Philadelphia Eagles Moves Are Unnecessary (and Therefore Stupid)

Philadelphia Eagles head coach Chip Kelly reacts to a play during the first half of an NFL football game against the Washingt
Philadelphia Eagles head coach Chip Kelly reacts to a play during the first half of an NFL football game against the Washington Redskins in Landover, Md., Saturday, Dec. 20, 2014. (AP Photo/Mark Tenally)

The conclusion to be made after the flurry of moves Chip Kelly and the Philadelphia Eagles have made this week is that they're all, for the most part, unnecessarily stupid.

The adjective "unnecessarily" is the key preface to the "stupid" because a team that wins 10 games in back-to-back years and barely misses the playoffs isn't a team in need of a complete overhaul. A team that wins 10 games in back-to-back years and was one Mark Sanchez mediocre performance short of a second straight NFC East title is a team in need of simple tinkering.

Well, Kelly does things his own way, and the early results are in; a roster that was in need of a little tune-up has now instead been entirely re-invented. The Eagles have jettisoned their quarterback, their running back, their wide receiver, their right guard, their outside linebacker, their safety and both of their cornerbacks.

Such turnover in and of itself would be shocking. Eagles owner Jeffrey Lurie was quoted at the end of the season saying his team was good, they just needed a bit more to become great. Most thought they'd add to the secondary a bit, draft for depth and call it an offseason.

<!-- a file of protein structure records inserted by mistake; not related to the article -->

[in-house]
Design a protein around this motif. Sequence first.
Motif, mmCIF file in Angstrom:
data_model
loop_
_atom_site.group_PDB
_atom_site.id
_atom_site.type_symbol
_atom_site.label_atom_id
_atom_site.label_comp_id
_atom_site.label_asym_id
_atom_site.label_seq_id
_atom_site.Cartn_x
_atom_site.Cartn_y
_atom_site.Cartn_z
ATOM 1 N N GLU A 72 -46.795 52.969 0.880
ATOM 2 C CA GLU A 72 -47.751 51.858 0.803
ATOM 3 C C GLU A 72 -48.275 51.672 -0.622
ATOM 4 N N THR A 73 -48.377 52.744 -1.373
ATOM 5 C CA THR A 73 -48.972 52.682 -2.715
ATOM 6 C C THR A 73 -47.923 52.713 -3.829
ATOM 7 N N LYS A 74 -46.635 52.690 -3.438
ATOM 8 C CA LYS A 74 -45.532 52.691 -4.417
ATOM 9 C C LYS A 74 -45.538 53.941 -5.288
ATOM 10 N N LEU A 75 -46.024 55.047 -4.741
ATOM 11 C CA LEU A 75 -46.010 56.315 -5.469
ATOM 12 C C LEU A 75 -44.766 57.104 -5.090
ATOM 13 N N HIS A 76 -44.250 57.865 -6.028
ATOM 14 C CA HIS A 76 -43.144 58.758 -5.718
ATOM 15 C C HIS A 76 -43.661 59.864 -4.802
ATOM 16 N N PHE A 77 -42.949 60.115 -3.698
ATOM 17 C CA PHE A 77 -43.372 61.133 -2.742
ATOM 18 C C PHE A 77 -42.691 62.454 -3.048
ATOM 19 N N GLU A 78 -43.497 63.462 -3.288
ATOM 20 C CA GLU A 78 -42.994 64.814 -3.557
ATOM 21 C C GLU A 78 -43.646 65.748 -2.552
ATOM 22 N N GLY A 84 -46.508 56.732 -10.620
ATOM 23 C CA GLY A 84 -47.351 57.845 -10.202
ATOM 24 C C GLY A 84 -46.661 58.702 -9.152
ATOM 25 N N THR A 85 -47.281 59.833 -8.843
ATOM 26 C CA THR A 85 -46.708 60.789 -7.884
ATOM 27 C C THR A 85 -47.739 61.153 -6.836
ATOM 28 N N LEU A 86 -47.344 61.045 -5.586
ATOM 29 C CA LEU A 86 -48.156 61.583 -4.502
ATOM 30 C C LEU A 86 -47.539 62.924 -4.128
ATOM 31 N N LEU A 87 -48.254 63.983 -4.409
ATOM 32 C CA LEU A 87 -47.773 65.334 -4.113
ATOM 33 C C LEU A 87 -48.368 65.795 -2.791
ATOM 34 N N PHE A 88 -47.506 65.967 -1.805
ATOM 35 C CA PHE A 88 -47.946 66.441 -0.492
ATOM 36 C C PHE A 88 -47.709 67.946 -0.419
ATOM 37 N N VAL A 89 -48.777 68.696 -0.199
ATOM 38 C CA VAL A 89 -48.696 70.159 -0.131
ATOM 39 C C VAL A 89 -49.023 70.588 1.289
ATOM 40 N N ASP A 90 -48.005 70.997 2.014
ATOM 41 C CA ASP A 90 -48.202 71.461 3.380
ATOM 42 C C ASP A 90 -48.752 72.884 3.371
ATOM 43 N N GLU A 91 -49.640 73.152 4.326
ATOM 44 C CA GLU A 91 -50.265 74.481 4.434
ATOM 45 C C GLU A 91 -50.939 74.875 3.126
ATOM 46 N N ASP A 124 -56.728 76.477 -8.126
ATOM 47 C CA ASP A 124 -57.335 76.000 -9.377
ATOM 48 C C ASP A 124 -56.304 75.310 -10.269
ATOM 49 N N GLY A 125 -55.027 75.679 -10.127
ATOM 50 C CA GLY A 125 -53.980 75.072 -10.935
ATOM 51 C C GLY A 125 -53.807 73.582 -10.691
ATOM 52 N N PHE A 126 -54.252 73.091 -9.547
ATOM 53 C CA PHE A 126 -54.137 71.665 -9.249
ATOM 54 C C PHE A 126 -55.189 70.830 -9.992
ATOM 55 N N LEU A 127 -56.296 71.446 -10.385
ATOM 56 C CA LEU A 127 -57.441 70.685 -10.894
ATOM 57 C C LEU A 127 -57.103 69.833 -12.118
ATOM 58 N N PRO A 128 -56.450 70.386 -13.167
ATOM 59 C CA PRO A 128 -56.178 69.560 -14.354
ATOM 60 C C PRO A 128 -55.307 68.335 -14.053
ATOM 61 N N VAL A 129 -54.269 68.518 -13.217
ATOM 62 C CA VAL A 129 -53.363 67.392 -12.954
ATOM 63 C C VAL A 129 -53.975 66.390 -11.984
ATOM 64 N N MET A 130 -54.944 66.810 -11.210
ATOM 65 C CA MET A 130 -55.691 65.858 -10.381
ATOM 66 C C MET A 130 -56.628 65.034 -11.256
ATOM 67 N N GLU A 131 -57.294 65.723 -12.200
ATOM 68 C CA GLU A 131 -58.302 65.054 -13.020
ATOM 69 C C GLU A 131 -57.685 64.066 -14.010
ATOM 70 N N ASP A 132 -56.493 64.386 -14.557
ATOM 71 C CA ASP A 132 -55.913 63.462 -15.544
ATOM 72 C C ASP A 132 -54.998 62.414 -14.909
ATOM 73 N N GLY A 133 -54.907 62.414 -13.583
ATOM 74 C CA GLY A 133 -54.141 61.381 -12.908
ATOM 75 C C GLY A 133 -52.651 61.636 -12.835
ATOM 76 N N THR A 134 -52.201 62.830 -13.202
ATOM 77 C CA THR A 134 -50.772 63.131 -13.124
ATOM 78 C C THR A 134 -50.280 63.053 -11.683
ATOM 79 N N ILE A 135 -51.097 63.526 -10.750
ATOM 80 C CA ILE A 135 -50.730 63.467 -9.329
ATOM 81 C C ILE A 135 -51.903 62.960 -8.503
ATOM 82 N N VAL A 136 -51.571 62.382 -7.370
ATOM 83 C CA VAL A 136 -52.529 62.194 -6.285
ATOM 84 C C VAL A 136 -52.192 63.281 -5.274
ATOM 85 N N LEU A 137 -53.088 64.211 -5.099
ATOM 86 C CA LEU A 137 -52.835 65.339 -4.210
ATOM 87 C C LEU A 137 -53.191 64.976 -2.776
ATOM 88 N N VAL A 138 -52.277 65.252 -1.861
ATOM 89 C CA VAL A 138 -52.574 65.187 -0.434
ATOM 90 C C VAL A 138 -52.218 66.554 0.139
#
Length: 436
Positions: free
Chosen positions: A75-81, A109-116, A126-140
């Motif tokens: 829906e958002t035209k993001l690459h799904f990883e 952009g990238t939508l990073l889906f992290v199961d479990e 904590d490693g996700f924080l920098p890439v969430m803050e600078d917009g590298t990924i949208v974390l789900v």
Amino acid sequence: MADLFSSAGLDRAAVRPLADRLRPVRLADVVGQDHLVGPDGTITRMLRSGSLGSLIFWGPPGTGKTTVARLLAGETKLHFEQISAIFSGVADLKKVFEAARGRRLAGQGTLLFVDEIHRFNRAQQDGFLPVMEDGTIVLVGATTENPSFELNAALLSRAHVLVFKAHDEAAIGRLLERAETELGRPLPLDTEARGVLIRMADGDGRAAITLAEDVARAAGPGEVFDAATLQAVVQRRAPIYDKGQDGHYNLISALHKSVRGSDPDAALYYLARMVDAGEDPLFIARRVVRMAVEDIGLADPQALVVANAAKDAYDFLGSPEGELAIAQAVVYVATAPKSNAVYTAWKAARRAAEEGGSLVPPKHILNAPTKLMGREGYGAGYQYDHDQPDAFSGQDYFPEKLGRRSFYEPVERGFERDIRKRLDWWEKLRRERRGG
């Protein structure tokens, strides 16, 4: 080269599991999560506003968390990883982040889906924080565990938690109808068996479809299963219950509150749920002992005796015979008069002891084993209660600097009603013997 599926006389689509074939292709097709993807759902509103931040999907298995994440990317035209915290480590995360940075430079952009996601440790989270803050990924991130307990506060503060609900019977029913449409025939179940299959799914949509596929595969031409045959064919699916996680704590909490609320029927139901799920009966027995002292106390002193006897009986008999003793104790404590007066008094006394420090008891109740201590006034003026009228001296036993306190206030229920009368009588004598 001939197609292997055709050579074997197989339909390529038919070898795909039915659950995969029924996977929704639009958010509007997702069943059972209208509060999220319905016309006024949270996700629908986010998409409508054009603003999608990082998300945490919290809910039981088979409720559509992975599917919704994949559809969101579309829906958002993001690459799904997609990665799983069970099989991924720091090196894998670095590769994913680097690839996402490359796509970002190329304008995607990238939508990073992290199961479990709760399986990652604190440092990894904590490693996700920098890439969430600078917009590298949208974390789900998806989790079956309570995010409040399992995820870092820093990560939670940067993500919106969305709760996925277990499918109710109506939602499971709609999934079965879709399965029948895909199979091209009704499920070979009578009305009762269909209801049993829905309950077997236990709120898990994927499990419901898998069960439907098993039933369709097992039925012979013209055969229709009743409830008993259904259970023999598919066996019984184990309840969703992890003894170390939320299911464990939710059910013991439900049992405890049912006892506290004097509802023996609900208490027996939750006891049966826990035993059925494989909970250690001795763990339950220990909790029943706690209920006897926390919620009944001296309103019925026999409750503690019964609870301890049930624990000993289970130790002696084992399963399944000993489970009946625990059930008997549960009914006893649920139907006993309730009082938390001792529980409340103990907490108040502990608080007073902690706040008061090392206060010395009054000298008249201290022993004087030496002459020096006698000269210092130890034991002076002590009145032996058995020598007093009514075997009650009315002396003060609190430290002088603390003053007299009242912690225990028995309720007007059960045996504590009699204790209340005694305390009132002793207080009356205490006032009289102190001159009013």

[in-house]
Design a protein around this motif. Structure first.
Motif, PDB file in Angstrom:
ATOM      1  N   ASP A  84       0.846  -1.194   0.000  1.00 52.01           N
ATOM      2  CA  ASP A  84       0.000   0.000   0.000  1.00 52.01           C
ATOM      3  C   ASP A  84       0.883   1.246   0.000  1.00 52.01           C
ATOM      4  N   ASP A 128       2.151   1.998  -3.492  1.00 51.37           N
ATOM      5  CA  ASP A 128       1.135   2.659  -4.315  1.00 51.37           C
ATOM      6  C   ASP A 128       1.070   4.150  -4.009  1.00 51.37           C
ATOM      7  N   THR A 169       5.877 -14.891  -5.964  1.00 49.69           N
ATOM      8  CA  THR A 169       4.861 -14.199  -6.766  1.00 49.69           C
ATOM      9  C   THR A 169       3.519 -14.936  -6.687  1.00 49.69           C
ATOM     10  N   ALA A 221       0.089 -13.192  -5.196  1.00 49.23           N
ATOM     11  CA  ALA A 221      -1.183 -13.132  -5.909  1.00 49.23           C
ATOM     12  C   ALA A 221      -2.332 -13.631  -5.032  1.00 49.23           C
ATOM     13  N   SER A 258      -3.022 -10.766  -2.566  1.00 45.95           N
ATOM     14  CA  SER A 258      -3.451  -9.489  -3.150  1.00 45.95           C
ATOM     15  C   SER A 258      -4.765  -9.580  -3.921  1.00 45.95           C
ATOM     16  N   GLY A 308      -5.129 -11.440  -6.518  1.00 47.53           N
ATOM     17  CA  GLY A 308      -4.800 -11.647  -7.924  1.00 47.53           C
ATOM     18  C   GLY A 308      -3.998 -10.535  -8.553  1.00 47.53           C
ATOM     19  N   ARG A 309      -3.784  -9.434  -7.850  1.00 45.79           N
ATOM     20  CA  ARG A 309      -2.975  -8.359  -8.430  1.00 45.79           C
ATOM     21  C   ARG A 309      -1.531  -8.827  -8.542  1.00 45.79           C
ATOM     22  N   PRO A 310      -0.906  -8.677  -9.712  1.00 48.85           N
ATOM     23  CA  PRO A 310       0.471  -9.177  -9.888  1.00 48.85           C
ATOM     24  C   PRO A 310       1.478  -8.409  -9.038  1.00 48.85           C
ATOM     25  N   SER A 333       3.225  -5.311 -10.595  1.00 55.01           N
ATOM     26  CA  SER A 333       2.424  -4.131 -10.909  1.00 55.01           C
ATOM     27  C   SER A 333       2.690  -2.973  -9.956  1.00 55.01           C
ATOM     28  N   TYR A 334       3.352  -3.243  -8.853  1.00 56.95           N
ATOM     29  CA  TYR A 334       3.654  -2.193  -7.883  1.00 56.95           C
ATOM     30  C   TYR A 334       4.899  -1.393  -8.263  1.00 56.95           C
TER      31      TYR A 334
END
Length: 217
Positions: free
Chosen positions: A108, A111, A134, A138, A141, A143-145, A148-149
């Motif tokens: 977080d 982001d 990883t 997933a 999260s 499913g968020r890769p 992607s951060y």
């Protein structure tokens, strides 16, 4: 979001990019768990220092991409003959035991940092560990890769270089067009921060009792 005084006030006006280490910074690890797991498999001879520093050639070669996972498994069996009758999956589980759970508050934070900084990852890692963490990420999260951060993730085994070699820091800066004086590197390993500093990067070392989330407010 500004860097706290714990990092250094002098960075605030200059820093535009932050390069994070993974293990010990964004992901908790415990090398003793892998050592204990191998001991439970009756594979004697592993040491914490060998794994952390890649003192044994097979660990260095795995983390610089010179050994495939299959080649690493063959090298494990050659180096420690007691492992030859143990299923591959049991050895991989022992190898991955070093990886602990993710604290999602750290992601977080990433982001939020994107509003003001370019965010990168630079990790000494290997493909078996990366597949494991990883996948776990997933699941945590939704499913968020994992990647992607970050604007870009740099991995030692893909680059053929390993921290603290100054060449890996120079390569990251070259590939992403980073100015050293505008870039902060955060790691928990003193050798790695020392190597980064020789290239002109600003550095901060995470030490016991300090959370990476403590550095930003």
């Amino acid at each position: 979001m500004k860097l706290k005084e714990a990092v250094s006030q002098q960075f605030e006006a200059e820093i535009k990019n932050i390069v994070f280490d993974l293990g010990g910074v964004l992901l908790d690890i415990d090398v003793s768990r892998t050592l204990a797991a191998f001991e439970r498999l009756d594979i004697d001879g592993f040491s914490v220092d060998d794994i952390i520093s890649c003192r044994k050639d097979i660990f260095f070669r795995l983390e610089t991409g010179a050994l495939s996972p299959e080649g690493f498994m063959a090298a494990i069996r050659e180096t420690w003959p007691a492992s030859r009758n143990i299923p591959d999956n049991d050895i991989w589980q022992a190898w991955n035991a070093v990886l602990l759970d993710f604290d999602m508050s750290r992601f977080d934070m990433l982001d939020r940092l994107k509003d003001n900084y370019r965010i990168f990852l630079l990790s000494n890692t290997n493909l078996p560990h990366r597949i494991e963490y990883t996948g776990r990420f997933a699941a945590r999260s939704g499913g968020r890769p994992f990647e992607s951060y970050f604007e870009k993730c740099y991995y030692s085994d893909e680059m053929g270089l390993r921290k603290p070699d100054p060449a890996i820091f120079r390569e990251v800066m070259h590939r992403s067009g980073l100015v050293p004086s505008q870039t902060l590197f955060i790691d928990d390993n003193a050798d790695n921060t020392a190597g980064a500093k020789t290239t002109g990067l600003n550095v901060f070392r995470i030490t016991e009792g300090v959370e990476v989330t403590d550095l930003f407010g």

Instead, the Birds are set to have at least nine new starters in the lineup come Week 1. What's even more shocking (or "frightening" for those in the Philadelphia area) is that nearly every acquisition Kelly has made has been for an injured player.

Kiko Alonso. Walter Thurmond. Ryan Mathews. And don't forget the franchise-du-jour Sam Bradford. Even Byron Maxwell missed a few games last season. If you're going to roll the dice by altering nearly half your starting lineup, why do it with players that all appear to be obvious injury risks?

(Writers Note: As of this post being submitted, DeMarco Murray had gone unsigned, though he's a trendy pick for an injury-plagued 2015 due to negligent overuse in 2014. So he'd fit right into Kelly's plan, and I expect the Iggles to nab him.)

That being said, for all the haterade being chugged in the Philadelphia area, a more cautious analysis of the moves reveals some traces of logic. Trading a 27-year-old running back (LeSean McCoy) for a 24-year-old linebacker (Alonso) is something Nate Silver probably dreams about. Signing two cornerbacks from Seattle's infamous Legion of Boom seems sound. Even trading Foles and some picks for Bradford, a former first overall selection, will have people referencing (as Kelly did on Wednesday) the delayed blossoming of New Orleans heartthrob Drew Brees.

However, logical nonsense doesn't change the fact that Kelly and the Eagles just placed their bets on a quarterback with a double-repaired ACL and the statistical equivalency of Chad Henne. Sorry Spock, but the logic behind the moves provide as much inspiration as a baked potato.

In the truest sense of irony, Bradford said on Wednesday that "the key to any successful organization is stability." He was referencing the situation he was leaving in St. Louis, but the sudden similarities to the current situation in Philly sticks out like a surplus of Oregon Ducks.

Yes, the moves Kelly's Eagles have made this past week could result in an improved football team next season. However even if that is the case, it will never change the fact that Philly should have been able to improve this roster for 2015 easily without dumping the faces of the franchise.